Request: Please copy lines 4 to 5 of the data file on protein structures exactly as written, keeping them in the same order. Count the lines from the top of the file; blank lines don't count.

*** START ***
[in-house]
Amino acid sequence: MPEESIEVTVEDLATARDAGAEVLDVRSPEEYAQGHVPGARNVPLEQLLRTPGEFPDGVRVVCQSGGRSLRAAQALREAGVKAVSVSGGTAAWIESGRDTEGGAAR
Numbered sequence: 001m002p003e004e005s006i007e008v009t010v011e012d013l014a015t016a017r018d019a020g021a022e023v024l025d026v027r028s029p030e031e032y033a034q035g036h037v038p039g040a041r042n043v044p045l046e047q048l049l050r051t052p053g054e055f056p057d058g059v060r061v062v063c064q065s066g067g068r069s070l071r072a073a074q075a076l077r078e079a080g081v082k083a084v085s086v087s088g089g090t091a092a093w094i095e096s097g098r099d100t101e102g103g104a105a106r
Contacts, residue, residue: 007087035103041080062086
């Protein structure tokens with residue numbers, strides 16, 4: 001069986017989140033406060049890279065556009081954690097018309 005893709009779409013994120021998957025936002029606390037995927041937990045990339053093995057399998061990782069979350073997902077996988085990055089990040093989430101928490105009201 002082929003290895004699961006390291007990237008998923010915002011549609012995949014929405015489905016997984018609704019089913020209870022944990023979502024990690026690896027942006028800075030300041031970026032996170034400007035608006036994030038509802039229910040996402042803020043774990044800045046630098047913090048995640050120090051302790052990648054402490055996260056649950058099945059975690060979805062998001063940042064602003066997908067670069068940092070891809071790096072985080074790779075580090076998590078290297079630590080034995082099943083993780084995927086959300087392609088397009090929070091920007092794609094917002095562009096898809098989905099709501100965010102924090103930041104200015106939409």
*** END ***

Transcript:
Contacts, residue, residue: 007087035103041080062086
């Protein structure tokens with residue numbers, strides 16, 4: 001069986017989140033406060049890279065556009081954690097018309 005893709009779409013994120021998957025936002029606390037995927041937990045990339053093995057399998061990782069979350073997902077996988085990055089990040093989430101928490105009201 002082929003290895004699961006390291007990237008998923010915002011549609012995949014929405015489905016997984018609704019089913020209870022944990023979502024990690026690896027942006028800075030300041031970026032996170034400007035608006036994030038509802039229910040996402042803020043774990044800045046630098047913090048995640050120090051302790052990648054402490055996260056649950058099945059975690060979805062998001063940042064602003066997908067670069068940092070891809071790096072985080074790779075580090076998590078290297079630590080034995082099943083993780084995927086959300087392609088397009090929070091920007092794609094917002095562009096898809098989905099709501100965010102924090103930041104200015106939409």